Many dinosaurs, probably most, had lifestyles or preferred habitats that brought them into contact with the shorelines of lakes, rivers or ocean. Some may have spent all their lives in such locales, while others may have only gone there occasionally to drink, find food, mate, or satisfy other life necessities. Some may simply have crossed bodies of water when migrating to a distant home range. For whatever reason they were there, these dinosaurs, like animals in such places today, left their footprints in the soft sand and mud of the beaches, banks and bars of the shoreline environments through which they traveled. Most of these footprints were undoubtedly quickly eradicated by shifting winds, tides, or sands. But many were not. Rapid burial of some prints by new layers of sediment protected them from later obliteration, and when these sediments were lithified, the footprints were preserved as impressions in the hard rock.


1. STATEMENT OF PROBLEM: Analysis of dinosaur footprints and trackways (a series of footprints made by an animal as it moves forward) is a powerful tool in understanding important aspects of dinosaur behavior. For example, analysis of trackways in Cretaceous limestones of central Texas indicates that some sauropod dinosaurs (e.g. “brontosaurs”) traveled in herds, with the smaller juveniles in the center of the herd, and the larger adults posted on the periphery, presumably for protection of the young. This lab exercise illustrates how one can determine from trackways how fast one dinosaur was traveling.


2. METHOD OF ANALYSIS: The approach we will take to resolve the question of dinosaur running speed is to analyze the size and spacing of dinosaur footprints, and to compare the results to data for living animals, whose running speeds we can observe and measure directly. The underlying premise is that as an animal runs faster, its legs swing in a wider arc, and its footprints will become more widely spaced. Footprint spacing thus increases with speed. If you think about how you walk and run, this relation between speed and stride, should become immediately obvious. For this reason, and because humans and the dinosaur in question are both bipedal (move on two legs), we can use humans as a modern analog for dinosaurs.

We will also have to concern ourselves with the fact that many dinosaurs are larger than most modern animals, including humans. We will, therefore, need a way to scale speed/size data for humans up to the size of dinosaurs. If we can find a scaling rule for doing this, then we can estimate dinosaur running speed from footprints preserved in rock.

In detail, our methodology will be:

A. Define & measure footprint and trackway parameters
B. Define & measure body dimensions useful in calculating running speed
C. Determine scaling rule relating running speed and body size
D. Determine human running speed experimentally
E. Calculate human & dinosaur running speed from trackway metrics & scaling rule
F. Evaluate accuracy of trackway analysis by comparing calculated and experimental measurements of human running speed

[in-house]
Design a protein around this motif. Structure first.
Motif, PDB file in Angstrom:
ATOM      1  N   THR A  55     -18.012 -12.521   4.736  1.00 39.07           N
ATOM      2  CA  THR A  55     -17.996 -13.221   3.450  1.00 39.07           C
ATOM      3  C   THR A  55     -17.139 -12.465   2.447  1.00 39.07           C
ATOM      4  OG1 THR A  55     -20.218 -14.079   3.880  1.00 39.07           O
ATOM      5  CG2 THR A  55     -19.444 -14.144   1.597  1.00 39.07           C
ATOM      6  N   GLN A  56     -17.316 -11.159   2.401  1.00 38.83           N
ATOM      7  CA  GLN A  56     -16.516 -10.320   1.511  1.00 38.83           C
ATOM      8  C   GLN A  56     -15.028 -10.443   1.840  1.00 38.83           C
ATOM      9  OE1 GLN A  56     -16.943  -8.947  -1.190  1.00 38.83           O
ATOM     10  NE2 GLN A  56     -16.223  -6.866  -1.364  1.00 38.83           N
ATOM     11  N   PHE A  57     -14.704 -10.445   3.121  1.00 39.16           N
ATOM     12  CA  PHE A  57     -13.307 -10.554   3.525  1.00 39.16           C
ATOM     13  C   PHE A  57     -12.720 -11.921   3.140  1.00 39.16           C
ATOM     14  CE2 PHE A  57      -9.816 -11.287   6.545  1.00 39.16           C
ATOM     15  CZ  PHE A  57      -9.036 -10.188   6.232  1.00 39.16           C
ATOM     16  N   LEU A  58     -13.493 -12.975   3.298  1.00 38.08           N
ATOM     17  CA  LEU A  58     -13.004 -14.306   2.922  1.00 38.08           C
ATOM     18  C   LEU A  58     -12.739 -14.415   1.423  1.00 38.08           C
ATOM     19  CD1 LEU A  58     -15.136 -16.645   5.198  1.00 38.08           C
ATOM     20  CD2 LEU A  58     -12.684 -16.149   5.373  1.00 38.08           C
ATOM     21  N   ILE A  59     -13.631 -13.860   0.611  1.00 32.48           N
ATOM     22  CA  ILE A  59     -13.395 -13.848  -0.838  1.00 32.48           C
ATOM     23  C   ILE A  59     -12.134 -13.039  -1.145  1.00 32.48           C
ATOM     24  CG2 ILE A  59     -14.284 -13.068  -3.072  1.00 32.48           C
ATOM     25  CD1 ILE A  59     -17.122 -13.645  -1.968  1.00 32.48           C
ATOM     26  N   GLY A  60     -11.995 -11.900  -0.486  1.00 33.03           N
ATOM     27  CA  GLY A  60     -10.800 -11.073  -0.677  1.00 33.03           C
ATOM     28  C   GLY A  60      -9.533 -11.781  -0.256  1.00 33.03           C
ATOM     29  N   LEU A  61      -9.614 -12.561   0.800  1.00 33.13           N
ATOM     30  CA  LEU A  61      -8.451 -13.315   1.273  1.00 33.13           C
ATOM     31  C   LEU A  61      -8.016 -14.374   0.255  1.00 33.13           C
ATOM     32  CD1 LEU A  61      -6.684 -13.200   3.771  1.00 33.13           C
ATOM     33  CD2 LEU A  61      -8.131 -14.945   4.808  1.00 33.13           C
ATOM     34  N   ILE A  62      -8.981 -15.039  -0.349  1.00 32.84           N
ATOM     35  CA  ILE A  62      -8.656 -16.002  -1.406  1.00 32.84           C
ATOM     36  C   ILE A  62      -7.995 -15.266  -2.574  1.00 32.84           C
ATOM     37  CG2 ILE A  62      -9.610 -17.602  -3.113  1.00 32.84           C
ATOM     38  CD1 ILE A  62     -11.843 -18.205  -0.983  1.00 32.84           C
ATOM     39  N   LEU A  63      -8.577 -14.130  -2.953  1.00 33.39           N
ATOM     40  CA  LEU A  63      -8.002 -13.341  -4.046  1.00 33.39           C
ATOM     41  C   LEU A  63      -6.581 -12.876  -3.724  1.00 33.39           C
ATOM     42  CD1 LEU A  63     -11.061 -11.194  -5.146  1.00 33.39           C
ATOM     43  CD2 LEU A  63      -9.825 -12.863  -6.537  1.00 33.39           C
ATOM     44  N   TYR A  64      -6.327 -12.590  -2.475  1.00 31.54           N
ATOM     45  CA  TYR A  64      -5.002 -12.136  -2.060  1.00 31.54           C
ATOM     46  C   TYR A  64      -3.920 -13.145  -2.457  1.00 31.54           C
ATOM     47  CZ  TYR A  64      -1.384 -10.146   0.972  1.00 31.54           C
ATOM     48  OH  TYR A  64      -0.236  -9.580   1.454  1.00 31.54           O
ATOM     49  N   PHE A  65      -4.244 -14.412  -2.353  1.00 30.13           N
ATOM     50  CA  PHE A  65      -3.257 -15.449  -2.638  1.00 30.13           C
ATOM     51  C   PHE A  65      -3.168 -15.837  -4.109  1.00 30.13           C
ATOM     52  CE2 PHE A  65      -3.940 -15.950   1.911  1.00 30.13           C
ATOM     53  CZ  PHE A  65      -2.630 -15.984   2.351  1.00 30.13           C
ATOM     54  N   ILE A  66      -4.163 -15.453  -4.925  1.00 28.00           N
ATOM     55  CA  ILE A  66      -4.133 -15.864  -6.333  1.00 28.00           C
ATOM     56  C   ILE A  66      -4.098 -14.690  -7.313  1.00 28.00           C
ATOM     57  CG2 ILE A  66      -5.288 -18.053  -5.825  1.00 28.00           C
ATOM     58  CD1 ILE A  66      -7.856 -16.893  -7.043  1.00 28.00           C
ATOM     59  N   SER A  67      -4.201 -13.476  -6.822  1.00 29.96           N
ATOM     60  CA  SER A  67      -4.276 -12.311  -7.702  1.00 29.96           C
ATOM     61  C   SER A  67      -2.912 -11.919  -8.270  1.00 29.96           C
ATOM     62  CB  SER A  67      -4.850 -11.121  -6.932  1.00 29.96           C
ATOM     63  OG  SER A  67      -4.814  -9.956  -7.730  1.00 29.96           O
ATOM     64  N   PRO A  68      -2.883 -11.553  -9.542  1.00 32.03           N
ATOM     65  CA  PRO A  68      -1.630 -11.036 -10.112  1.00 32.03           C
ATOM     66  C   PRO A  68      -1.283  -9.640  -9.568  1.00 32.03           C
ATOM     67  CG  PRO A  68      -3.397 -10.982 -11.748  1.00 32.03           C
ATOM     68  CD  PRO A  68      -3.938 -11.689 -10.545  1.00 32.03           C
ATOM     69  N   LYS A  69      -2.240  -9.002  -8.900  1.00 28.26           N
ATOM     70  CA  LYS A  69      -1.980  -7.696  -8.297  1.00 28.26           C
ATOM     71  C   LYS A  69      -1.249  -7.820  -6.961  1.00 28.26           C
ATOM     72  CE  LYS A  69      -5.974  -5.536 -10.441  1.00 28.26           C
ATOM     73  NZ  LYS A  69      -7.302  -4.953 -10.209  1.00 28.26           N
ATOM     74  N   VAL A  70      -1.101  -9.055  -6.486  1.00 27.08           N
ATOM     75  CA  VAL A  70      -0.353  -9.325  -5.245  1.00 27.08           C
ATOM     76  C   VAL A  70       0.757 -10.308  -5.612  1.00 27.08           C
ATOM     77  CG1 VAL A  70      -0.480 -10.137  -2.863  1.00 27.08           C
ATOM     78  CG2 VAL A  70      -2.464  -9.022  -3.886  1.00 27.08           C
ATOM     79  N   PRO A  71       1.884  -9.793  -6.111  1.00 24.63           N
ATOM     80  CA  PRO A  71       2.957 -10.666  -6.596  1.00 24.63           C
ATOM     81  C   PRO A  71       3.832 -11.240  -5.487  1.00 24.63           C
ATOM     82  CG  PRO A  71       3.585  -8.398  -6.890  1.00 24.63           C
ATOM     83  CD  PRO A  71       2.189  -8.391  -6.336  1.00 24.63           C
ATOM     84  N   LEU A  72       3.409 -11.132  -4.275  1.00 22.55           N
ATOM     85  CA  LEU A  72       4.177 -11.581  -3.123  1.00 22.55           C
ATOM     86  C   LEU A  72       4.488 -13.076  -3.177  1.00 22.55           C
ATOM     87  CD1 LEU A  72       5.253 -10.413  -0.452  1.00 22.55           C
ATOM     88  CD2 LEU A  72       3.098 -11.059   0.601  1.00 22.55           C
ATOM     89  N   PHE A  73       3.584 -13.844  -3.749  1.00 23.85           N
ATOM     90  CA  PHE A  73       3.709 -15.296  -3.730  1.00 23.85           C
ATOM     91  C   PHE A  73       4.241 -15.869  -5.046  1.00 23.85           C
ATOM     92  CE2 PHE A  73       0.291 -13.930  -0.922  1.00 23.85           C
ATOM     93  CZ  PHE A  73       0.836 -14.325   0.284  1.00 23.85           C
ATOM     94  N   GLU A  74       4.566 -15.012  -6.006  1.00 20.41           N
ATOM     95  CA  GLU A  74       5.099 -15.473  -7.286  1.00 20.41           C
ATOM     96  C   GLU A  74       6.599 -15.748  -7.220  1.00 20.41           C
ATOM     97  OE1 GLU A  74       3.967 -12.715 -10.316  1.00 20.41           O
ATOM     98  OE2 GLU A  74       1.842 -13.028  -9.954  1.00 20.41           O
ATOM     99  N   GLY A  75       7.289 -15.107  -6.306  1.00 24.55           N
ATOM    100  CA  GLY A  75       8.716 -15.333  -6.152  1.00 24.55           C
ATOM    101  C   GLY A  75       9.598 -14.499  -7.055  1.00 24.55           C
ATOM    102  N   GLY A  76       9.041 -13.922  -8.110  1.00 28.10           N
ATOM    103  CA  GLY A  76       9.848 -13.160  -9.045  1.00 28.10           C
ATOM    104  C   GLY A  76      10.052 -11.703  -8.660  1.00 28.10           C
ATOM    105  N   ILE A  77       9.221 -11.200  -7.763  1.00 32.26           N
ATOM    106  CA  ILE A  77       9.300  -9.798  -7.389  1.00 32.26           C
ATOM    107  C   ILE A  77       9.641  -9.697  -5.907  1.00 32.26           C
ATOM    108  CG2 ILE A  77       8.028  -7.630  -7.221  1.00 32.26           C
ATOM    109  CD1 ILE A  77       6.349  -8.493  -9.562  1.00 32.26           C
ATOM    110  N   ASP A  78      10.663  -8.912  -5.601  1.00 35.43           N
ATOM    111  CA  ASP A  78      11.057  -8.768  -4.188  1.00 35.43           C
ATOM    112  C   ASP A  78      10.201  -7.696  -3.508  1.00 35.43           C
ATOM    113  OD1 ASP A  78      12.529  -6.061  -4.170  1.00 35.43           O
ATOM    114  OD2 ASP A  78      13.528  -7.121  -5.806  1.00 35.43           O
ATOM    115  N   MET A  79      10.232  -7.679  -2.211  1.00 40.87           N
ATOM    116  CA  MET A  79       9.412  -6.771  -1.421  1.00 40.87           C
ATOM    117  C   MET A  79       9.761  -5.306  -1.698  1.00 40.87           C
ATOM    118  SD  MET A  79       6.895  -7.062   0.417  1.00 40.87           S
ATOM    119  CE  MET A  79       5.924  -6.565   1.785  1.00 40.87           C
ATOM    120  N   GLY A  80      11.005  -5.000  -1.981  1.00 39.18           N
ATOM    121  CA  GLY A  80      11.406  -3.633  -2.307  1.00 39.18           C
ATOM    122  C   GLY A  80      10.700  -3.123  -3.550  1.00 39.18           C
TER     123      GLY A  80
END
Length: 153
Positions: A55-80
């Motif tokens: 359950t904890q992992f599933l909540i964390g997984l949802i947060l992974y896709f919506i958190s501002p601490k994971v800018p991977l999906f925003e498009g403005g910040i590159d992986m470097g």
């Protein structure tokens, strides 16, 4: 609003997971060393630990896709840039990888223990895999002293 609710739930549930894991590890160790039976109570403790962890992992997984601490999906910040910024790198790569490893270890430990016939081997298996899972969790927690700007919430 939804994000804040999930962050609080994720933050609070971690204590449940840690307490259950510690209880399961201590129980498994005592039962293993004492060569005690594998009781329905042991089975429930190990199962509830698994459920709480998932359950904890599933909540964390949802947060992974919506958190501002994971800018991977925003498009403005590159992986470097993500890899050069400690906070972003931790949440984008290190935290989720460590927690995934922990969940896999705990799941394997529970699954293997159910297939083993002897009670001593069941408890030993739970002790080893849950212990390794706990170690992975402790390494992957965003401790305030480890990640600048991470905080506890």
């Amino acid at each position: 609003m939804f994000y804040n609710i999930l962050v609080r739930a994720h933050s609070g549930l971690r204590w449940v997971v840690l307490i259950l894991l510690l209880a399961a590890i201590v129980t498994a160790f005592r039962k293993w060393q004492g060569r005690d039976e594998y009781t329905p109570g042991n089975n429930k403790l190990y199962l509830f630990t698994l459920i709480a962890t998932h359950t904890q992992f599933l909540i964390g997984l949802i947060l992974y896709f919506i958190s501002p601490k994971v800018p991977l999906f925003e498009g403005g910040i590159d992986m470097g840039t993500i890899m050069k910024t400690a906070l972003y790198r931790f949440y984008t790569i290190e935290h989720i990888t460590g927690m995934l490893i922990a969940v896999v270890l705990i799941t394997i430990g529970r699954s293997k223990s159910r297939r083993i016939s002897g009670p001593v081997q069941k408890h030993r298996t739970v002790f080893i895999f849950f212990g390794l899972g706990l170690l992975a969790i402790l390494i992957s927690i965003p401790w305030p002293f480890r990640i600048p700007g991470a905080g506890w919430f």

You will find it helpful to work in groups to collect the data needed to complete this lab. One convenient way to do this is for everyone at a given lab bench to work together on this problem. Ideally, a research group will consist of 4 or 5 people. Data for the group should be pooled and used by everyone in the group.


3. NECESSARY EQUIPMENT, SUPPLIES, & SPECIMENS: To determine dinosaur running speed, we require the following:

A. dinosaur trackway
B. human “guinea pig”
C. meter sticks for measuring trackway & body dimensions
D. tape measure for laying out speed test track
E. stopwatches for timing human runner
F. chalk or marker poles for demarcating speed test track


4. DINOSAUR TRACKWAY: Because trackways of dinosaurs generally can not be cut out of the rock into which they are inscribed without destroying them, we will take another approach. We will use the dinosaur “trackway” painted on the floor of the hallway outside the lab. This corridor trackway was made by placing cardboard sheets on top of real dinosaur tracks preserved in sandstones originally comprising the soft, wet shoreline sands of an ancient lake. The outline of a footprint was traced onto the cardboard, and the cardboard was then cut into the shape of the footprint. The cut-outs were used as templates to paint the trackway on the floor. The trackway reproduced in the hallway faithfully duplicates not only the shape and size of the footprints, but also their relative positions in the trackway. Thus, it records the actual steps made by an individual dinosaur as it moved across a mudflat at the edge of this ancient lake.

The trackway we will use was made by Dilophosaurus, a carnivorous dinosaur of the late Triassic (185 my {million years ago}). The original prints were found in Ryker Hill Park , Roseland , NJ . In appearance, Dilophosaurus resembles the more widely known Tyrannosaurus of the late Cretaceous (70 my). Figure 3.6 diagrams the appearance of a typical dilophosaur. The animal that made our tracks was an adult approximately 20 feet long and weighing about 1000 pounds.We want to find the speed of our dilophosaur from the size and spacing of its footprints. To do this, you will need to keep in mind the posture of Dilophosaurus (see Figure 3.6), and distinguish between its left and right feet.

FIGURE 3.6: Sketch of Dilophosaurus chasing turtles